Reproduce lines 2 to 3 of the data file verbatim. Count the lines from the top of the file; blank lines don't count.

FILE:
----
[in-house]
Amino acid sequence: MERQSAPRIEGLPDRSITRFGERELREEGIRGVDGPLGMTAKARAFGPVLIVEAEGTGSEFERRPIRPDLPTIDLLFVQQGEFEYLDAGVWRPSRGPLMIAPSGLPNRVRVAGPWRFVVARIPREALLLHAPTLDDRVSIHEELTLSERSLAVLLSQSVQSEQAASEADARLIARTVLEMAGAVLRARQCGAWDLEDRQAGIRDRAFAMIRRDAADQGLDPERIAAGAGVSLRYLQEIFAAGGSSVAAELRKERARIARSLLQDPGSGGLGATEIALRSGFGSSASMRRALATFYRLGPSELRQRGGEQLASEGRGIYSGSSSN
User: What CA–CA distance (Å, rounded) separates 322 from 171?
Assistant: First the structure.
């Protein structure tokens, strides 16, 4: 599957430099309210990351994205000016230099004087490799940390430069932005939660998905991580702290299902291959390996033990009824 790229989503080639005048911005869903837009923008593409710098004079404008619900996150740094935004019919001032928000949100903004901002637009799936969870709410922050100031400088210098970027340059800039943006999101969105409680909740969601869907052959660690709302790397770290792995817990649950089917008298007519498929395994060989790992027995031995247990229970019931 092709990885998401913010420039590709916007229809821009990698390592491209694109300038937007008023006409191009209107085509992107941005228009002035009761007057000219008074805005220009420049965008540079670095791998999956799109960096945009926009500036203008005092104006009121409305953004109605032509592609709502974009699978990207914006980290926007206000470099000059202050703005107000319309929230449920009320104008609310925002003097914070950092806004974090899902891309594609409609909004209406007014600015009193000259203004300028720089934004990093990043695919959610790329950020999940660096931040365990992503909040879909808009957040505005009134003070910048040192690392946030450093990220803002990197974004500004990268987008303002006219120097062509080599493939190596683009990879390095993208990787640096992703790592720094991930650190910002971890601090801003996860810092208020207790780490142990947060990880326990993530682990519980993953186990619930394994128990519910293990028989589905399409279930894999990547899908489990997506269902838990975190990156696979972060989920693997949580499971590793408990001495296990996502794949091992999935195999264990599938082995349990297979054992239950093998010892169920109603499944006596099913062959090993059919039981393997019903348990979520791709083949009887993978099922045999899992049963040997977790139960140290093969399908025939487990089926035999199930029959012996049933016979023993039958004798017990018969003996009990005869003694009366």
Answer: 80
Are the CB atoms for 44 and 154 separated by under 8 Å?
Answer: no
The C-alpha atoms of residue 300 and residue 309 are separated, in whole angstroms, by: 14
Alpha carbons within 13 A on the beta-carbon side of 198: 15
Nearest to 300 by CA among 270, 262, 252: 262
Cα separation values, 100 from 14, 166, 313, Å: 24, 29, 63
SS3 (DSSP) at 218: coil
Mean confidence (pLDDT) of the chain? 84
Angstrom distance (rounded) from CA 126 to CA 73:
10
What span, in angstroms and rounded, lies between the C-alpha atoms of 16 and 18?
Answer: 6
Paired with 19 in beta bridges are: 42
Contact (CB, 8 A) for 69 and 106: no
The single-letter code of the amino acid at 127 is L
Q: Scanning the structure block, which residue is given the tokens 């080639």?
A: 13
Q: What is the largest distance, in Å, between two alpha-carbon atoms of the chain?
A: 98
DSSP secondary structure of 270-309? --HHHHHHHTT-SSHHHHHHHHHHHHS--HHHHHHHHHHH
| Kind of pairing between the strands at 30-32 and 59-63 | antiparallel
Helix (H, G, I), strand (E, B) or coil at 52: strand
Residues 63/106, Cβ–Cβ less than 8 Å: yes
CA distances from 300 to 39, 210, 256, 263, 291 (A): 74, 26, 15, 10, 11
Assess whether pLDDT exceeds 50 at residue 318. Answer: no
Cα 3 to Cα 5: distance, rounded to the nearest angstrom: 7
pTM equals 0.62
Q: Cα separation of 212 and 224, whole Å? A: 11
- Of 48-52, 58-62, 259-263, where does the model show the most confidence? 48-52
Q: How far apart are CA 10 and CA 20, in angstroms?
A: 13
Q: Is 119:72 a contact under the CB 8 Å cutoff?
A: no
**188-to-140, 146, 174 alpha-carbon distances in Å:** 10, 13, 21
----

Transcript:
Amino acid sequence: MERQSAPRIEGLPDRSITRFGERELREEGIRGVDGPLGMTAKARAFGPVLIVEAEGTGSEFERRPIRPDLPTIDLLFVQQGEFEYLDAGVWRPSRGPLMIAPSGLPNRVRVAGPWRFVVARIPREALLLHAPTLDDRVSIHEELTLSERSLAVLLSQSVQSEQAASEADARLIARTVLEMAGAVLRARQCGAWDLEDRQAGIRDRAFAMIRRDAADQGLDPERIAAGAGVSLRYLQEIFAAGGSSVAAELRKERARIARSLLQDPGSGGLGATEIALRSGFGSSASMRRALATFYRLGPSELRQRGGEQLASEGRGIYSGSSSN
User: What CA–CA distance (Å, rounded) separates 322 from 171?